Accounting Income Numbers Case Study

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Question 1. What is the purpose and intended contribution of the paper? Ray Ball and Phillip Brown conducted a research in accounting to identify the usefulness of accounting numbers and the impact that they had on share prices. Before the research was done, the accounting profession was unaware of the impact that income statements and balance sheet figures, which were reported to the public had on the share prices. Also the accounting research was based solely on a few assertions and developed arguments. Some believed that accounting income numbers had no value because each firm valued them differently and there were no standard procedures across the field. However these assertions were not checked and substantiated by real world environments.…show more content…
This means that if people expected good news from the company prior to the announcements, the share prices would rise and if they expected bad news from the company the share prices would fall. Therefore the information put out by the accountants was declared worthless. Ray Ball and Phillip Brown, two PhD students at the University of Chicago, started a paper research in 1966 which concluded in 1968, entitled “An Empirical Evaluation of Accounting Income Numbers” because they wanted to show how these income numbers are constructive and are not necessarily useless. This research is conducted to see if accounting income numbers really do have an impact on stock and if they will increase in value, decrease in value or not change. They came to realise that the usefulness of accounting numbers can be categorized as either timeliness or content. To conduct their research they compared the firm specific changes in stock prices with the unexpected change in the accounting income numbers. The time span for these changes…show more content…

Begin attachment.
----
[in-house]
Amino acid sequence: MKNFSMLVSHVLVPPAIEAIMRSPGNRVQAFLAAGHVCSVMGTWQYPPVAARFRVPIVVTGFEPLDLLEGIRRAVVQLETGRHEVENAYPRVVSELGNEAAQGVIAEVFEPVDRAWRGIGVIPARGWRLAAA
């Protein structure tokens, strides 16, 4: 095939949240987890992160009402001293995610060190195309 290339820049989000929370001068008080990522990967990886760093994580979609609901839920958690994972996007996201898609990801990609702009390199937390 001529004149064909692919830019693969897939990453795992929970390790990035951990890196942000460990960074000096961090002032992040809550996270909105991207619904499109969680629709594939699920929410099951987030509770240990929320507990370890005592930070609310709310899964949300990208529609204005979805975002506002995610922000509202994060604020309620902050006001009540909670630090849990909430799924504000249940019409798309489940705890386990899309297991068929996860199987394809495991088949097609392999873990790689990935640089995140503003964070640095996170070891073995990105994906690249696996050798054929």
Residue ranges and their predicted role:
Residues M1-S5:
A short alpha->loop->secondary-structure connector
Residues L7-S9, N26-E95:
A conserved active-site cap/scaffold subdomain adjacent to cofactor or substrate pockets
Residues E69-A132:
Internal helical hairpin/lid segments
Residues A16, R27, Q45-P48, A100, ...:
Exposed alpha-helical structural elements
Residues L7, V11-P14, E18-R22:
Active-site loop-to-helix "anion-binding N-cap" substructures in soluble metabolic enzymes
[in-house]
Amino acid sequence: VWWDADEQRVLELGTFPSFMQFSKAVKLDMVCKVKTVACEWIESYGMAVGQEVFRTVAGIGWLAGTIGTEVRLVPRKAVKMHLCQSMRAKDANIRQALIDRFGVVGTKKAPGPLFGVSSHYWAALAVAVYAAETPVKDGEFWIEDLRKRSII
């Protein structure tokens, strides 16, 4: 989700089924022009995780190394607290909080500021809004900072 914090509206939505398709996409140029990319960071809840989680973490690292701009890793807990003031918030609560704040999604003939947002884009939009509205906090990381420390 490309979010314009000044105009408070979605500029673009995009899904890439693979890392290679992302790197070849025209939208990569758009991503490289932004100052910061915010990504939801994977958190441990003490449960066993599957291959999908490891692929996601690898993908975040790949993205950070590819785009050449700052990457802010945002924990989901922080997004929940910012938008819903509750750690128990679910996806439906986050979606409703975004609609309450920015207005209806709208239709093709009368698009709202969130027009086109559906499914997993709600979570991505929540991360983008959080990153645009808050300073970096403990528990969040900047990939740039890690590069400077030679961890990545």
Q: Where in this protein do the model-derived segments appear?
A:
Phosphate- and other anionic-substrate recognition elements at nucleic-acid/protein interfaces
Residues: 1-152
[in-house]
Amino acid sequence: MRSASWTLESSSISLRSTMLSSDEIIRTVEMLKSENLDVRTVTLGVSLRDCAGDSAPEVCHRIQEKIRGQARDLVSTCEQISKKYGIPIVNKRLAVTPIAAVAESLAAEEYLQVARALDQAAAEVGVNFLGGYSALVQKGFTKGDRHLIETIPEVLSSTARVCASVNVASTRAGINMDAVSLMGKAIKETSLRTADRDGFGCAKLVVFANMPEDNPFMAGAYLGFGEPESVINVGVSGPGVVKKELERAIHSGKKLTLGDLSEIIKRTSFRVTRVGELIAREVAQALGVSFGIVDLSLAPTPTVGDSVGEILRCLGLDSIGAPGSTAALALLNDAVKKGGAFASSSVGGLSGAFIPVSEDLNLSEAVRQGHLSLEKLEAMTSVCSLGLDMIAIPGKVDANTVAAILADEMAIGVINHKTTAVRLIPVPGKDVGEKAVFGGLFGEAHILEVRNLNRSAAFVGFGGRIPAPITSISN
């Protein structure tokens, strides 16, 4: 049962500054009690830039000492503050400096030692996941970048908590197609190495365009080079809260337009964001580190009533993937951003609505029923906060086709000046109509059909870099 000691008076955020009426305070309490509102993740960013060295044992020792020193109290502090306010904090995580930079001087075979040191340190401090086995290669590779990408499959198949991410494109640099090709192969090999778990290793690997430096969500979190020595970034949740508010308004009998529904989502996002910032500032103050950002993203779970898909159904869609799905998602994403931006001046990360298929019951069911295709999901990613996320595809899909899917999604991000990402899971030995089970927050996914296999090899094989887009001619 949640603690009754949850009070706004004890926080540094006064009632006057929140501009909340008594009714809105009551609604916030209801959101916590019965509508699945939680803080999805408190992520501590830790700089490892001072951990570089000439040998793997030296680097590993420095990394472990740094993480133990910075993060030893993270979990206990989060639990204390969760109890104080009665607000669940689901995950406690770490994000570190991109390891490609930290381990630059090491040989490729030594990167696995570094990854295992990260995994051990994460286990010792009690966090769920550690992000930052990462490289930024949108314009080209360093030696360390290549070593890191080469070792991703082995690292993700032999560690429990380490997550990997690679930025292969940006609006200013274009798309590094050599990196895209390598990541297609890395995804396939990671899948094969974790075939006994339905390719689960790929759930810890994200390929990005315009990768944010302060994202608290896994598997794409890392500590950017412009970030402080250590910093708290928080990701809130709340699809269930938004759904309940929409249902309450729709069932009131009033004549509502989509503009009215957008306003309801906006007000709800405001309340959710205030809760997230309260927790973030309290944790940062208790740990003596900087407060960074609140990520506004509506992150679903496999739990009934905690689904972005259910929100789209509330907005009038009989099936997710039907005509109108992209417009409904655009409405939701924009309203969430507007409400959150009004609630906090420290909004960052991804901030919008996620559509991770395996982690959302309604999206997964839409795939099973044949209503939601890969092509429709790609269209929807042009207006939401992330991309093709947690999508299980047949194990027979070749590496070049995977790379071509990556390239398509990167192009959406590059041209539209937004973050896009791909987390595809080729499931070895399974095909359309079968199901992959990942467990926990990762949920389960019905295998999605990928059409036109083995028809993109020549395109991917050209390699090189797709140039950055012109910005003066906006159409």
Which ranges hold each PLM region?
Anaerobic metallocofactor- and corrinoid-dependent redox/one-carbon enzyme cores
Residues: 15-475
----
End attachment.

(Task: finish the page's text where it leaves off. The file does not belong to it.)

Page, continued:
These categories are timeliness and content. Before this research was done, the information from the accounting research was based more on timeliness than on content. Ball and Brown agreed that accounting income numbers had no value based on the timeliness factor of the usefulness of information. They agreed because all of the information given in the financial statements at the end of the financial year was already incorporated in the stock prices. Also 85%-90% of the information in the accounting income numbers is already captured in the stock prices. This is done by interim reports to reveal the profitability and performance of the company before the end of financial year when the financial statements are issued. The market has then turned to these interim reports and other sources rather than waiting on announcements from the company; with that being said the importance of income numbers on stock prices is not based on timeliness. However Ball and Brown’s research showed that the content of accounting numbers is considerable. About 50% or more of the information from the firm specific component of the stock price is captured in the income numbers. Also, accounting income numbers are useful when the expected income and the change in actual income numbers are different, because the market’s reaction moves in the same direction as the unexpected

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